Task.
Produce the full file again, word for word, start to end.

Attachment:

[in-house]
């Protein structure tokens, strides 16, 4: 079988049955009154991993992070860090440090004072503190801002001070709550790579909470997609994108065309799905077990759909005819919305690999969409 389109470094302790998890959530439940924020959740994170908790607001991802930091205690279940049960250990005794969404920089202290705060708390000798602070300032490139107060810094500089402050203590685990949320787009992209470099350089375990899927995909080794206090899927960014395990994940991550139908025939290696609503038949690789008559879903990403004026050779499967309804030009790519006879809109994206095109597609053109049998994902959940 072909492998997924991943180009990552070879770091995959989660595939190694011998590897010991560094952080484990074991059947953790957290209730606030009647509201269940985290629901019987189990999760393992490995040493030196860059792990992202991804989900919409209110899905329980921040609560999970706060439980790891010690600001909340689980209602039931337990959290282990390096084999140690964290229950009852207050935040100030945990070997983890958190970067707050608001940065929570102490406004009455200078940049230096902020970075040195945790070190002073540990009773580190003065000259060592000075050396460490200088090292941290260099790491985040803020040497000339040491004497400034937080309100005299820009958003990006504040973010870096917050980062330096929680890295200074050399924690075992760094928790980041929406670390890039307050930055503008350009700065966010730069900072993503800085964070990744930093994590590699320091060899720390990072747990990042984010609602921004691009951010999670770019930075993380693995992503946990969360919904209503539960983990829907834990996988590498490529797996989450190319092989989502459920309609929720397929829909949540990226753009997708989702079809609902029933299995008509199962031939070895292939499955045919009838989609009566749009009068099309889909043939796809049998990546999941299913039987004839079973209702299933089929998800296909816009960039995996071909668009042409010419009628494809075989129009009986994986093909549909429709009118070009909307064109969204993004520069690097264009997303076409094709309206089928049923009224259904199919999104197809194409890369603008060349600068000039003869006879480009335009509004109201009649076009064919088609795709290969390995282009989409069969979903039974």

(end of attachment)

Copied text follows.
[in-house]
């Protein structure tokens, strides 16, 4: 079988049955009154991993992070860090440090004072503190801002001070709550790579909470997609994108065309799905077990759909005819919305690999969409 389109470094302790998890959530439940924020959740994170908790607001991802930091205690279940049960250990005794969404920089202290705060708390000798602070300032490139107060810094500089402050203590685990949320787009992209470099350089375990899927995909080794206090899927960014395990994940991550139908025939290696609503038949690789008559879903990403004026050779499967309804030009790519006879809109994206095109597609053109049998994902959940 072909492998997924991943180009990552070879770091995959989660595939190694011998590897010991560094952080484990074991059947953790957290209730606030009647509201269940985290629901019987189990999760393992490995040493030196860059792990992202991804989900919409209110899905329980921040609560999970706060439980790891010690600001909340689980209602039931337990959290282990390096084999140690964290229950009852207050935040100030945990070997983890958190970067707050608001940065929570102490406004009455200078940049230096902020970075040195945790070190002073540990009773580190003065000259060592000075050396460490200088090292941290260099790491985040803020040497000339040491004497400034937080309100005299820009958003990006504040973010870096917050980062330096929680890295200074050399924690075992760094928790980041929406670390890039307050930055503008350009700065966010730069900072993503800085964070990744930093994590590699320091060899720390990072747990990042984010609602921004691009951010999670770019930075993380693995992503946990969360919904209503539960983990829907834990996988590498490529797996989450190319092989989502459920309609929720397929829909949540990226753009997708989702079809609902029933299995008509199962031939070895292939499955045919009838989609009566749009009068099309889909043939796809049998990546999941299913039987004839079973209702299933089929998800296909816009960039995996071909668009042409010419009628494809075989129009009986994986093909549909429709009118070009909307064109969204993004520069690097264009997303076409094709309206089928049923009224259904199919999104197809194409890369603008060349600068000039003869006879480009335009509004109201009649076009064919088609795709290969390995282009989409069969979903039974």